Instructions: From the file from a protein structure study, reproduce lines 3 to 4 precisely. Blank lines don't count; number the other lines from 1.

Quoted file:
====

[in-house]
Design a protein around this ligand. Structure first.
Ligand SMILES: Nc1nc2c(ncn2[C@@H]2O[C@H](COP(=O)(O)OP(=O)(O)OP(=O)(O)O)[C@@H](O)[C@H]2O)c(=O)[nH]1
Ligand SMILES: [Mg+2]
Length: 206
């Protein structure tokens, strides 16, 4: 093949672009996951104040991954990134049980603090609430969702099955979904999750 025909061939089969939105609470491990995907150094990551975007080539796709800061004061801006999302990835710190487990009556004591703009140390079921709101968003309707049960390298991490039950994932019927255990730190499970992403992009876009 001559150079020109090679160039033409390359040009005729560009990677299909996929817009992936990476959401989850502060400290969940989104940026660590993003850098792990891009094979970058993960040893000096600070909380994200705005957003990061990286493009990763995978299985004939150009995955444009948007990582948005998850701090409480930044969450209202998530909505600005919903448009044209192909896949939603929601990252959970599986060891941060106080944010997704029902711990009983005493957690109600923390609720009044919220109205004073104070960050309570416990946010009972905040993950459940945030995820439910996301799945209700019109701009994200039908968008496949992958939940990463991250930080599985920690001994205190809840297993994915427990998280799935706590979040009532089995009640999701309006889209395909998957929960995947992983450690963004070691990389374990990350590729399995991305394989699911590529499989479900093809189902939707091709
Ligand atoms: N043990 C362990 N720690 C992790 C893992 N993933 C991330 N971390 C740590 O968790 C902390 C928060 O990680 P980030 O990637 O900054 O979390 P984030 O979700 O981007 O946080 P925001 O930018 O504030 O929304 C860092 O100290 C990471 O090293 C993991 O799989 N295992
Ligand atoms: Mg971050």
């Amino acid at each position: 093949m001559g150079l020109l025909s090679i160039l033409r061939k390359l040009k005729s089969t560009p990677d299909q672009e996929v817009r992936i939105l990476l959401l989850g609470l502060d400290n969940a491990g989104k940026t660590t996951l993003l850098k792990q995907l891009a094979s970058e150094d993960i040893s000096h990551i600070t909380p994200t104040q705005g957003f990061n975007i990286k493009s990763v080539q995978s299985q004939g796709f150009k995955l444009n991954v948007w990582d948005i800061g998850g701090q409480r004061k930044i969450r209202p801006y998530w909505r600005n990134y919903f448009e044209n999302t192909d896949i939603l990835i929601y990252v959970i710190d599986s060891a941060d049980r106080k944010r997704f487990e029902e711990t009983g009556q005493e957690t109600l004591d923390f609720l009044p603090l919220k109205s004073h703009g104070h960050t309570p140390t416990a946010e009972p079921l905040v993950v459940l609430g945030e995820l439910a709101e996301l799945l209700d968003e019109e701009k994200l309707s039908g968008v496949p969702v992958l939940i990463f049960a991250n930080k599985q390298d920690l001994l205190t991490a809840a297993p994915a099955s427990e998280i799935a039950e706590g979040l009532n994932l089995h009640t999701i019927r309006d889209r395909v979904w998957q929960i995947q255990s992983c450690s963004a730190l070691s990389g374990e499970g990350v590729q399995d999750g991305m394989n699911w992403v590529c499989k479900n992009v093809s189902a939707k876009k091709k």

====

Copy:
Ligand SMILES: Nc1nc2c(ncn2[C@@H]2O[C@H](COP(=O)(O)OP(=O)(O)OP(=O)(O)O)[C@@H](O)[C@H]2O)c(=O)[nH]1
Ligand SMILES: [Mg+2]